As my fellow 999 monkeys and I pounded away at our keyboards, a pop-up ad barged in to warn me that time was running out to take advantage of all the great deals available to me — yes, me — during the Black Friday Week sales event.
It was Wednesday.
Yes, the day before Thanksgiving — or, to some Friendsgiving (a fictional holiday which apparently involves being nailed into a wooden box, stuffing your head inside a turkey carcass and eating a truffle-like dessert that features beef, gravy and peas among its ingredients).
I imagine Friendsgiving being akin to Festivus — a fictional holiday based on a “Seinfeld” episode that some glom onto in the touching but misguided belief that living out “Seinfeld” references nearly two decades after the cultural touchstone went off the air gives them a sliver of faux-hipster cred.
But as long as we’re airing grievances, I gotta lot of problems with the people who created Black Friday “Week” — not to mention Sofa Sunday (when you sit at home, eat leftovers and plan your strategy to spend wisely on Cyber Monday) and Cyber Monday (when you sit at home, eat leftovers, ditch the plans made Sofa Sunday and spend far more than you intended).
For the record, I have no problems whatsoever with Small Business Saturday ... other than that we consumers shouldn't have to designate a special day to shop at the independent stores owned and operated by our neighbors.
Doesn’t the holiday season come with enough stress (for instance, when are we going to find time to watch all 57 new Christmas movies hitting our TV screens?) that advertisers don’t need to add to the agita by telling us when to go shopping, how to go shopping, and how much to spend in their stores or on the websites?
(Yes, there really are 57 new Christmas-themed TV movies this year — most of them starring actresses who played second fiddle to the Olsen Twins in “Full House.”)
Of course, in today's society — when so many of us have been brainwashed into thinking in packs — retailers realize that a Black Friday Week shopper is born every minute and even the simplest commercial earworm will send us humming "Holiday Road" all the way to the stores.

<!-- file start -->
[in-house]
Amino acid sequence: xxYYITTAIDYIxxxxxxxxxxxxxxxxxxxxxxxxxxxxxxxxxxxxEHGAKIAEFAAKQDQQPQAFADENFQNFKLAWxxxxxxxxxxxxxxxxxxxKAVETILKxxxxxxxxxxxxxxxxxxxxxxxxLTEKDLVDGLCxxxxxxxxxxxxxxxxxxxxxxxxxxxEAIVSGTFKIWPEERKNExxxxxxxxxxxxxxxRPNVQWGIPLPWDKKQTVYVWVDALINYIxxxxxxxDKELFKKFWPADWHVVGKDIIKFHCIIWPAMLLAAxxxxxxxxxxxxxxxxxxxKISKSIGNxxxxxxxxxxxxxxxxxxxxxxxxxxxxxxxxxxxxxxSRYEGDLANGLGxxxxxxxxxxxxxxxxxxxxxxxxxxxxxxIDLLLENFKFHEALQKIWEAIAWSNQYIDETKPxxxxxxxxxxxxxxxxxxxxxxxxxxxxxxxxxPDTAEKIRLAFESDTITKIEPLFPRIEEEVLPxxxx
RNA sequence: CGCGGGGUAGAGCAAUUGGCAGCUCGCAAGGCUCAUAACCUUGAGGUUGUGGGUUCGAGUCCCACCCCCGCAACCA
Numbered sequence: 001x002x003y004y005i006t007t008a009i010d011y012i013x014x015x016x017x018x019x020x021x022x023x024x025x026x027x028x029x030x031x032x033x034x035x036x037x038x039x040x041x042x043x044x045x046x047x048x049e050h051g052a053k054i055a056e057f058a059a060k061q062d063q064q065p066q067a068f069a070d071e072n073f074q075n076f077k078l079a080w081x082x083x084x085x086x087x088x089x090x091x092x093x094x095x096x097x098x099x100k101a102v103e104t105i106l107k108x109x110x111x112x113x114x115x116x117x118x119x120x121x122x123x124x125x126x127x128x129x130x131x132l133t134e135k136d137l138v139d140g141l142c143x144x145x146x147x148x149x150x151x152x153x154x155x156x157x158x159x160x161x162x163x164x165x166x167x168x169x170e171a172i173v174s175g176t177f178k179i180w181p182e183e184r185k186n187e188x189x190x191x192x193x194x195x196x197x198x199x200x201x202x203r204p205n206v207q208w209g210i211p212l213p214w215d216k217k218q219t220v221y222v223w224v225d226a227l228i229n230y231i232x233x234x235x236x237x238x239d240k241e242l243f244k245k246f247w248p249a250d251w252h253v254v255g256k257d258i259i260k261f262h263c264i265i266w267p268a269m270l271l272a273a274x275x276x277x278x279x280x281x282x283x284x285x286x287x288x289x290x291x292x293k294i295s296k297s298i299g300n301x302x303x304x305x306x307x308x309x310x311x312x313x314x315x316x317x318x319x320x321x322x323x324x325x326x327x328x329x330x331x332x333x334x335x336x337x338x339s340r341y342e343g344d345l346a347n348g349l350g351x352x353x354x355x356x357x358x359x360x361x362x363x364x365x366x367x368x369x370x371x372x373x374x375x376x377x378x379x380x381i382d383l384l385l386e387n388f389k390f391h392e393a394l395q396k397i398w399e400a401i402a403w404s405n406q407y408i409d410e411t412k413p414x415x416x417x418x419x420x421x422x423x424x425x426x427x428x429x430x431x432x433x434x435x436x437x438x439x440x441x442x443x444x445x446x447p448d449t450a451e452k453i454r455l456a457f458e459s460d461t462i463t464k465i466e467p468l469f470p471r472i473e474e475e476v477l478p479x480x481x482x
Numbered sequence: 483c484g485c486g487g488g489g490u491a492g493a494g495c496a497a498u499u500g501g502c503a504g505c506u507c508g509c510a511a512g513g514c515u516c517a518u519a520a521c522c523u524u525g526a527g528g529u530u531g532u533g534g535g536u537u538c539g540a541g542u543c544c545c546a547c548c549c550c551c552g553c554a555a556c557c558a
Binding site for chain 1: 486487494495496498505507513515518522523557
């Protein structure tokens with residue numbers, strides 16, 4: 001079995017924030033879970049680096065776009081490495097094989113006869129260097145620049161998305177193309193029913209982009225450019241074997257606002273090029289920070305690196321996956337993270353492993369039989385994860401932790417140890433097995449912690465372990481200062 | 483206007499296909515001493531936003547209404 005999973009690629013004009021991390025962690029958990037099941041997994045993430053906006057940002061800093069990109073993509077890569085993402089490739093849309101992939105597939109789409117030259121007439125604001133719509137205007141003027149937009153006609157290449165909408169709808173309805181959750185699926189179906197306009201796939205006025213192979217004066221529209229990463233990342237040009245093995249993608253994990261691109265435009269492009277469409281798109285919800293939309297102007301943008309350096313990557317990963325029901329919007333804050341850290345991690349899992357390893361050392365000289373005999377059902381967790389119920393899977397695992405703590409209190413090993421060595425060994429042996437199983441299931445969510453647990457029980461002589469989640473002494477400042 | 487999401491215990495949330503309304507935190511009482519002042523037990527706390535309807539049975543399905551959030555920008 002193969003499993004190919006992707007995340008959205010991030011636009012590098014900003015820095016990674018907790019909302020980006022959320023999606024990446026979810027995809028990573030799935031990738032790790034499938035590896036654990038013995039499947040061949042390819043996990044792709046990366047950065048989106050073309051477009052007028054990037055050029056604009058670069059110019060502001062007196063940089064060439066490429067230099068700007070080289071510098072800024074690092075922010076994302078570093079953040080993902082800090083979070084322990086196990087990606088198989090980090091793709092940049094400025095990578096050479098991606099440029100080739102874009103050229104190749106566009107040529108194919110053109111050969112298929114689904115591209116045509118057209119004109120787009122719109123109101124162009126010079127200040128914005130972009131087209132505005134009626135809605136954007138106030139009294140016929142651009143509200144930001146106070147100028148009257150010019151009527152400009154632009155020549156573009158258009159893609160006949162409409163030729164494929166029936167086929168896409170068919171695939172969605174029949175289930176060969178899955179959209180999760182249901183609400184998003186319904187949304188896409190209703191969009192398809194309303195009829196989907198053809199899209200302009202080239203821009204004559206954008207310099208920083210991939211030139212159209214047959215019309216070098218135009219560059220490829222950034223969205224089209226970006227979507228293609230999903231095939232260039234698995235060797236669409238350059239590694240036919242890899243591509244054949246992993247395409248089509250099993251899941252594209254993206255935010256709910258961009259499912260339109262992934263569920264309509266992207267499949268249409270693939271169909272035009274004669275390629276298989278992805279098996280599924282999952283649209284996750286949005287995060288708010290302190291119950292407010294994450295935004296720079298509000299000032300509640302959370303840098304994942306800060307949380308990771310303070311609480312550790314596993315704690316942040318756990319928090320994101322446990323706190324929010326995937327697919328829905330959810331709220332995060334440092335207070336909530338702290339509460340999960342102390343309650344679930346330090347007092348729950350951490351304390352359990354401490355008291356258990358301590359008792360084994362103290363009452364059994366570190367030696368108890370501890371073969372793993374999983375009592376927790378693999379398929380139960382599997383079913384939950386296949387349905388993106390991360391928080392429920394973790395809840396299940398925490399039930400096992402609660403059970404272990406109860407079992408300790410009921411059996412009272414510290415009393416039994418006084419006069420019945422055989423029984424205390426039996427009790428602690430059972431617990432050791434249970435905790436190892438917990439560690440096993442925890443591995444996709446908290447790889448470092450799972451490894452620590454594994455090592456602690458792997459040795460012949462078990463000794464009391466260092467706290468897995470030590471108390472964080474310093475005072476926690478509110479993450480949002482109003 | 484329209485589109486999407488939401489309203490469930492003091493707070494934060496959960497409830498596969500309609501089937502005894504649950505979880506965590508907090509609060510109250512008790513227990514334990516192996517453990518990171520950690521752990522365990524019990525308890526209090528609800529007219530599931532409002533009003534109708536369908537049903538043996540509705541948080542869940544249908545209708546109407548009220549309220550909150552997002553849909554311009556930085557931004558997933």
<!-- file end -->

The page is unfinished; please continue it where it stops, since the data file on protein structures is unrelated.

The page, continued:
Friday being turned into a week dovetails with the news that our Thanksgiving dinner itself (the reason we're still in a tryptophan trance as we use our keypads to buy gift cards for relatives) is growing shorter.
The reason, as it is with everything else these days, is the steadily depressin’, low-down, mind-messin’ political divide that makes folks want to spend even less time with family — even those who in a month’s time will receive (with warmest wishes to you and yours for a joyous holiday) a gift card from Generic Online Store That Sells Everything.
My father was way ahead of this particular curve.
He had little use for holidays (“Let’s get this happy horse(crap) over with”), holiday dinners, or spending time with a roomful of relatives. My father once paused mid-pork chop to ask his assembled bizarro Brady Bunch blended brood whether any of us had ever considered how much time we wasted eating.
And if anyone bothered to challenge his underlying assumption — not to mention switch the conversation to something less controversial, like politics — he had a ready-made response.
“Keep your mouth full and your mouth shut,” he’d say … and it was best not to ask how he would suggest we accomplish this simultaneously, unless you wanted a picturesque biology lesson involving rolling donuts.
My father died on Nov. 26, 2003 — which, that year, was the day before Thanksgiving. Thus, he was spared the holiday, the dinner, and the roomful of relatives. This year, it falls smack in the middle of Black Friday Week.
I’d love to hear him air his grievances over being told when and how to buy gifts ... or what to think … but I suspect you’ve just heard them.
— Mail Tribune copy editor Robert Galvin, who can be reached at firstname.lastname@example.org, has 55 new holiday TV movies remaining to watch.